In this section, we conduct temporal model reduction to evaluate the performance of DR-RNN in comparison to the standard recurrent neural networks on three test problems. The standard recurrent neural networks used are RNN and LSTM denoted by RNN and LSTM respectively, where the subscript denotes the order of the recurrent neural network (number of neurons in the hidden layer). The DR-RNN is denoted by DR-RNN, where the subscript in this case denotes the number of residual layers. We also note that the order of DR-RNN is same as the order of the given dynamical equation since we rely on using the exact expression of the system dynamics. In all test cases, we utilize a activation function in the standard RNN models.
All the numerical evaluations are performed using the keras framework (Chollet, 2015), a deep learning python package using Theano (Theano Development Team, 2016) library as a backend. Further, we train all RNN models using rmsprop algorithm (Tieleman and Hinton, 2012; Chollet, 2015) as implemented in keras with default settings. We set the weight matrix of DR-RNN in Eq. 20 as a constant identity matrix and do not include it in the training process. The vector training parameter in Eq. 20in Eq. 20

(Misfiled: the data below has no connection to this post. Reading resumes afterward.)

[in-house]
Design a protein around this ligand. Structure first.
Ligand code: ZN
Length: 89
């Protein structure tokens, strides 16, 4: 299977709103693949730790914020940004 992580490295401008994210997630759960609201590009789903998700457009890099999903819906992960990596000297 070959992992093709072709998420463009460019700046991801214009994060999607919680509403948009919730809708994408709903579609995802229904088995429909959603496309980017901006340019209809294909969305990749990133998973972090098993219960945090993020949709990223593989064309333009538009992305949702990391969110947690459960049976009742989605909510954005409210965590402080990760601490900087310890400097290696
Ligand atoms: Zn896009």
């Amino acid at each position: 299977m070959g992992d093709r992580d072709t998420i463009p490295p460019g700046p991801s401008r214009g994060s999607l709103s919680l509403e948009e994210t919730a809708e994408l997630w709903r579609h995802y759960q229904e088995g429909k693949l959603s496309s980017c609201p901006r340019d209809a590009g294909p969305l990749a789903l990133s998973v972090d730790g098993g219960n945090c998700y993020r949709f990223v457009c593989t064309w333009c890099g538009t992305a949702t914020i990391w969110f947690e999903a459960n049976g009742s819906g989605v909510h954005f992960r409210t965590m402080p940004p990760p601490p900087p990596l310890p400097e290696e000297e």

are initialized randomly from the uniform distribution
. We set the hyperparametersand in Eq. 21 to and , respectively.
We consider a nonlinear dynamical system of order defined by:
with initial conditions . The input
is a random variable with a uniform distribution. Modeling this dynamical system is particularly challenging as the response has a discontinuity at the planes and (Bilionis and Zabaras, 2012). Figure 1
shows the jump discontinuities in the responseand versus the perturbations in the initial input . A standard backward Euler method is used for 100 time steps of size and we solve the problem for 1500 random samples of .
We train RNN parameters using data obtained from 500 random samples and the remaining runs (i.e. 1000) are used for validation. The training is performed using a batch size of for iterations. We use 7 recurrent neural networks namely , , , , , and . The performances of all 7 RNNs is evaluated based on accuracy and model complexity. Accuracy is measured using the mean square error (Eq. 17
) for the training and the test data sets. Also, we show comparative plots of the probability density function (PDF) of the state variables at specific time steps. Model complexity is determined based on the number of parametersfitted in each RNN model.